On the Universality of What Is Not
The Apophatic Turn in Critical Thinking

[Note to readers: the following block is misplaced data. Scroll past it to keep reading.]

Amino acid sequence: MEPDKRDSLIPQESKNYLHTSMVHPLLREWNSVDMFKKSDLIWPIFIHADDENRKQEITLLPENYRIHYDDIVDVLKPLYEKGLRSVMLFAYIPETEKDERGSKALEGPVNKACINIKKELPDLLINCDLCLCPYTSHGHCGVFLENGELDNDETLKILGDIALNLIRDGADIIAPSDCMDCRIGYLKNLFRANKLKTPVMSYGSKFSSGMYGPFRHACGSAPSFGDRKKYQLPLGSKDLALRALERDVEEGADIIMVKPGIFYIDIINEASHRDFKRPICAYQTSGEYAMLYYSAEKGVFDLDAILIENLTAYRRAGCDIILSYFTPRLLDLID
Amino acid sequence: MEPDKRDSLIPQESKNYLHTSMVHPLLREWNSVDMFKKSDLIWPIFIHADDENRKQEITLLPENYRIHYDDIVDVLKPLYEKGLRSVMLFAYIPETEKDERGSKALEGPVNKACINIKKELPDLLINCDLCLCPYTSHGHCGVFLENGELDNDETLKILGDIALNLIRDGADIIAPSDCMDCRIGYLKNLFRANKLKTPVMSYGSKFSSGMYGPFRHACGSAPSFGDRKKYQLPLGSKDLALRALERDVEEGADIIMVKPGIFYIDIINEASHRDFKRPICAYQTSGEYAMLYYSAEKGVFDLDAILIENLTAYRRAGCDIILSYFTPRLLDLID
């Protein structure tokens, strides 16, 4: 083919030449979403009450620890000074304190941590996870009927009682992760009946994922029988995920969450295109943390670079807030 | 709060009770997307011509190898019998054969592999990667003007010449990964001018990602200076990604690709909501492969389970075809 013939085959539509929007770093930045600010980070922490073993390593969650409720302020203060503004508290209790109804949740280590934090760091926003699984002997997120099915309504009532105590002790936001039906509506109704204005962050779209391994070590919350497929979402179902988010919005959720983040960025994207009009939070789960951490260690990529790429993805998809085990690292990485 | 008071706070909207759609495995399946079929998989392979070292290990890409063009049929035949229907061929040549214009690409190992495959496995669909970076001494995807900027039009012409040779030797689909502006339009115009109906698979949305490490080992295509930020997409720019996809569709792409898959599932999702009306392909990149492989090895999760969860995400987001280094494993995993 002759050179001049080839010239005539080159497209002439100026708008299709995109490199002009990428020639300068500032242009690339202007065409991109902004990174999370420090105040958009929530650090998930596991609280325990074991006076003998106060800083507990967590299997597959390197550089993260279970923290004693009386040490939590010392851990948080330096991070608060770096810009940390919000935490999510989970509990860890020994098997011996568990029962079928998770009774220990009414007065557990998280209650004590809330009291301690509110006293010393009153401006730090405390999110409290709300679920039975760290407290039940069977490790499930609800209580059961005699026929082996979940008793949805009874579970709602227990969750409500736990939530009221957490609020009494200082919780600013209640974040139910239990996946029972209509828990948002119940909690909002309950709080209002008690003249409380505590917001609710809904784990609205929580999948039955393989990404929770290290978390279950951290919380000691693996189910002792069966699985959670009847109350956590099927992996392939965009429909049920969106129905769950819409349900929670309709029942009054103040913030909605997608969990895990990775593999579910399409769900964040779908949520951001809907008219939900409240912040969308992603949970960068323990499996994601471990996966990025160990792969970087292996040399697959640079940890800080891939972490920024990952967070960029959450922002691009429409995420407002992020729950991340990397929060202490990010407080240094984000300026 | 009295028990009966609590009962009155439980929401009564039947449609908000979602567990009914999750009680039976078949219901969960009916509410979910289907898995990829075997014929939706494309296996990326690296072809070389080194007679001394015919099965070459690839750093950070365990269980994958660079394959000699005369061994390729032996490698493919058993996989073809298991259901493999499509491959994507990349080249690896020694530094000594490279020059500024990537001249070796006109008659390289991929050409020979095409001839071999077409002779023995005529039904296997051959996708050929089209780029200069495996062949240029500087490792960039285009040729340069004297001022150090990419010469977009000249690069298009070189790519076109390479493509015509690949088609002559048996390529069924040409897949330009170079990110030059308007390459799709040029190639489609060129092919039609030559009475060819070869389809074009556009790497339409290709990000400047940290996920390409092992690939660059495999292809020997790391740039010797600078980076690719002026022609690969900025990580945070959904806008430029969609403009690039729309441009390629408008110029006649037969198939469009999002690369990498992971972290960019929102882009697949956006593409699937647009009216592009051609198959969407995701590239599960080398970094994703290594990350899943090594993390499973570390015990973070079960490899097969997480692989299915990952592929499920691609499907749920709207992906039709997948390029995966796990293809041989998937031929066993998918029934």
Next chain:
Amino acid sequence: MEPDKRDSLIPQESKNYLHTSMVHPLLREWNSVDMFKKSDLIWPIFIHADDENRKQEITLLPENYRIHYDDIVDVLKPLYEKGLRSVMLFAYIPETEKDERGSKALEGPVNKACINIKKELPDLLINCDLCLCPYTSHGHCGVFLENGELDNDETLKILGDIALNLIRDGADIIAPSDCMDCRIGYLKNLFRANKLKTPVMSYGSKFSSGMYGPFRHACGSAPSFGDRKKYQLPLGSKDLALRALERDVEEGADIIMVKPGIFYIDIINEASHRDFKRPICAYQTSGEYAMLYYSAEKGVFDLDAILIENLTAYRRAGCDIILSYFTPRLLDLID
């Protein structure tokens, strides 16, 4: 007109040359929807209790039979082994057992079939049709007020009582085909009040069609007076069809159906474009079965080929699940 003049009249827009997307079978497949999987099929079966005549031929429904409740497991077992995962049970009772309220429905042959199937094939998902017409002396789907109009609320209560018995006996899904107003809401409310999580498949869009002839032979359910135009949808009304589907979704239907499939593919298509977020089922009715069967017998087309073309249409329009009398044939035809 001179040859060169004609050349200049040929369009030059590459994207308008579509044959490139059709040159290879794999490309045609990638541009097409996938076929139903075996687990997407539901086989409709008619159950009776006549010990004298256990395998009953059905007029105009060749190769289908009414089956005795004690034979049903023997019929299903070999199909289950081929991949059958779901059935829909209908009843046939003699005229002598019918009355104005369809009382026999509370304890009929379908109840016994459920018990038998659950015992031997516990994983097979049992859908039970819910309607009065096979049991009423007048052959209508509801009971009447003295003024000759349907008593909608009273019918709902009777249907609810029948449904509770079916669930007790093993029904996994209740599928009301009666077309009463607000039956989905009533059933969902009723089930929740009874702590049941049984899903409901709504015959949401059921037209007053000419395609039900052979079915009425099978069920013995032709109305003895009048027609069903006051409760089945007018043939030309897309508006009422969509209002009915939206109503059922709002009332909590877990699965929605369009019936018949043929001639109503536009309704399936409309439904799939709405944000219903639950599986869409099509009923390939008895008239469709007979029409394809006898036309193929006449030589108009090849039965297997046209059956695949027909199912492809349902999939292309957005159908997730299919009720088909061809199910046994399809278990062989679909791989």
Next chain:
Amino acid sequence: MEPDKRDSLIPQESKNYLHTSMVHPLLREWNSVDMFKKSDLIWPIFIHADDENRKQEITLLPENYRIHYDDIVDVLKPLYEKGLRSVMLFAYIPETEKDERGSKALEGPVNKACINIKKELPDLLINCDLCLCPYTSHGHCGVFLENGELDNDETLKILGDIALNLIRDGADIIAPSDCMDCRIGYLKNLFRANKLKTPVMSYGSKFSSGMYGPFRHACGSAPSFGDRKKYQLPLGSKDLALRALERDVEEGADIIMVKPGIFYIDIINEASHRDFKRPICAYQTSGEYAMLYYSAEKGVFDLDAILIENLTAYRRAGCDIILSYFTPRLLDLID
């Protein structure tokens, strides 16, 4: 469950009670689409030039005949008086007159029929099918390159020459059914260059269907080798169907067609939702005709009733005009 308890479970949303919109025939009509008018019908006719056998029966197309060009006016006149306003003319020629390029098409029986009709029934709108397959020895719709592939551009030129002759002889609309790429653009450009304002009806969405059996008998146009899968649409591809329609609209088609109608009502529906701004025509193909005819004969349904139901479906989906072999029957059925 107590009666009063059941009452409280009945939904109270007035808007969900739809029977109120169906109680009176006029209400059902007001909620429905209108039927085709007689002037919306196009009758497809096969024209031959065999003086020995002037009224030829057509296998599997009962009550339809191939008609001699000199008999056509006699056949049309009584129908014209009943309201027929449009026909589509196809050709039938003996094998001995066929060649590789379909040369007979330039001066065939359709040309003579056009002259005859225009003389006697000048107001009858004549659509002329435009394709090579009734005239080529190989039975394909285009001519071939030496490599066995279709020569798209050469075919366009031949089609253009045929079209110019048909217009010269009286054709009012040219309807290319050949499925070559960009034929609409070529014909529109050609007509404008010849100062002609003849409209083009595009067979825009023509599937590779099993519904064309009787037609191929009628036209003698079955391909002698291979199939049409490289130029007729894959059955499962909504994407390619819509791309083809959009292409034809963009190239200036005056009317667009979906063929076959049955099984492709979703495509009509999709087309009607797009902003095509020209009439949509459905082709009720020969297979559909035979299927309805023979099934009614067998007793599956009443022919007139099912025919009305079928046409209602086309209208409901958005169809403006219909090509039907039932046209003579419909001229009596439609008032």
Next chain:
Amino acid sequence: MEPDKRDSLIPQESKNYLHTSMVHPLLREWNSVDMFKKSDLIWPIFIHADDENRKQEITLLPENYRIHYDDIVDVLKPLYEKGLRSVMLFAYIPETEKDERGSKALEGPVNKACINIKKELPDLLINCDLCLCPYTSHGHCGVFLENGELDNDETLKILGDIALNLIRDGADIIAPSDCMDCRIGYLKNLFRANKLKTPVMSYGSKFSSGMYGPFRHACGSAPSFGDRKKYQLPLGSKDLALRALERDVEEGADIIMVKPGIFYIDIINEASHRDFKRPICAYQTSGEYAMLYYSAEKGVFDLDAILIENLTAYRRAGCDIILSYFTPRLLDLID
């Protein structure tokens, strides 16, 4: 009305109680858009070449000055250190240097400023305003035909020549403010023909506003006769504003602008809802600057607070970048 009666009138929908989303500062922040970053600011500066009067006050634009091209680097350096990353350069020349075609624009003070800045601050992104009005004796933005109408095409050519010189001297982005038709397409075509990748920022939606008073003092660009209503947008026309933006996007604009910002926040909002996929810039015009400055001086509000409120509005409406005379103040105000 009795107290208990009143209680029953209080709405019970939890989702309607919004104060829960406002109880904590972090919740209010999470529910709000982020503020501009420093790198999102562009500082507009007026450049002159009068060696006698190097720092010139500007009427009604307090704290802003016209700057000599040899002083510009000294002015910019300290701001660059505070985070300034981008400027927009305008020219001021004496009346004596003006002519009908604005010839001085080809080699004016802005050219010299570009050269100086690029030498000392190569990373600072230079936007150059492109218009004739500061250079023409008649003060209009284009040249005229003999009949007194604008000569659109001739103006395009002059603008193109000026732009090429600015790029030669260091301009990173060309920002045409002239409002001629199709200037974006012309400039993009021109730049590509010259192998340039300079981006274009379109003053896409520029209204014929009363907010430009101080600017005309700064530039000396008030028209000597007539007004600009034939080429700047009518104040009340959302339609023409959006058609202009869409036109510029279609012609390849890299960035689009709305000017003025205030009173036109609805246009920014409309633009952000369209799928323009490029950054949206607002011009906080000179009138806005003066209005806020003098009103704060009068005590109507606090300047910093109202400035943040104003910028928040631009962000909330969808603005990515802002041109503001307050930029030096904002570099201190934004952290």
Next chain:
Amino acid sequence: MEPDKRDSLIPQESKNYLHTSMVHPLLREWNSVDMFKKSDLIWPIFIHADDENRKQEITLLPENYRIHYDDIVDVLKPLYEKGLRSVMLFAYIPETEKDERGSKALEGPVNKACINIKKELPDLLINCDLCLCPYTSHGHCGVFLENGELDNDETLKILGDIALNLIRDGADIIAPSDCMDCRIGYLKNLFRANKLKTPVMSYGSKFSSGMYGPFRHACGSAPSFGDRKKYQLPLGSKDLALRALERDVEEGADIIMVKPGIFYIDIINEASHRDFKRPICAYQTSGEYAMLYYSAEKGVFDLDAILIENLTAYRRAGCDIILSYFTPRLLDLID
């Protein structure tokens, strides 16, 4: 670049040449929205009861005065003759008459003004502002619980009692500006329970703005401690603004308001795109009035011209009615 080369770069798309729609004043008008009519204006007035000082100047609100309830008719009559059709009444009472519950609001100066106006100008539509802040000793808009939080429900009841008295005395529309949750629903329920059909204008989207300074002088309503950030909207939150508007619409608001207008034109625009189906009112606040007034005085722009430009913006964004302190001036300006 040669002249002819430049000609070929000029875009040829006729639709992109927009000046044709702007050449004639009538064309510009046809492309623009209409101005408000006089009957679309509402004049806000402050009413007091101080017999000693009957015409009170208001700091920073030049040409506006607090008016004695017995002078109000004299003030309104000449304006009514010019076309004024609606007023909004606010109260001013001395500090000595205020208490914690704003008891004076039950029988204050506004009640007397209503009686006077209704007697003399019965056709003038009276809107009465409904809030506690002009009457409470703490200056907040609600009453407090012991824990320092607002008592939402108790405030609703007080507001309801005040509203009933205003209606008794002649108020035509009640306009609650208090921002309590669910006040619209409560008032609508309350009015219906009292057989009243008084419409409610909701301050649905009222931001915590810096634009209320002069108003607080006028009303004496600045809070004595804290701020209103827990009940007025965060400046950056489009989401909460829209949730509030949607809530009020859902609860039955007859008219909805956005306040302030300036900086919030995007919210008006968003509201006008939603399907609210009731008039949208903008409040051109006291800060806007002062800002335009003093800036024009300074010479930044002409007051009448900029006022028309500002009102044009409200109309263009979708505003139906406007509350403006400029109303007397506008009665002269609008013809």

Branching out from his earlier works providing a history and a theory of apophatic thinking, William Franke's newest book pursues applications across a variety of communicative media, historical periods, geographical regions, and academic disciplines—moving from the literary humanities and cultural theory and politics to more empirical fields such as historical anthropology, evolutionary biology, and cognitive science. On the Universality of What Is Not: The Apophatic Turn in Critical Thinking is an original philosophical reflection that shows how intransigent deadlocks debated in each of these arenas can be broken through thanks to the uncanny insights of apophatic vision. Leveraging Franke's distinctive method of philosophical, religious, and literary thinking and practice, On the Universality of What Is Not proposes a radically unsettling approach to answering (or suspending) perennial questions of philosophy and religion, as well as to dealing with some of our most pressing dilemmas at present at the university and in the socio-political sphere. In a style of exposition that is as lucid as it is poetic, deep-rooted tensions between alterity and equality in all these areas are exposed and transcended.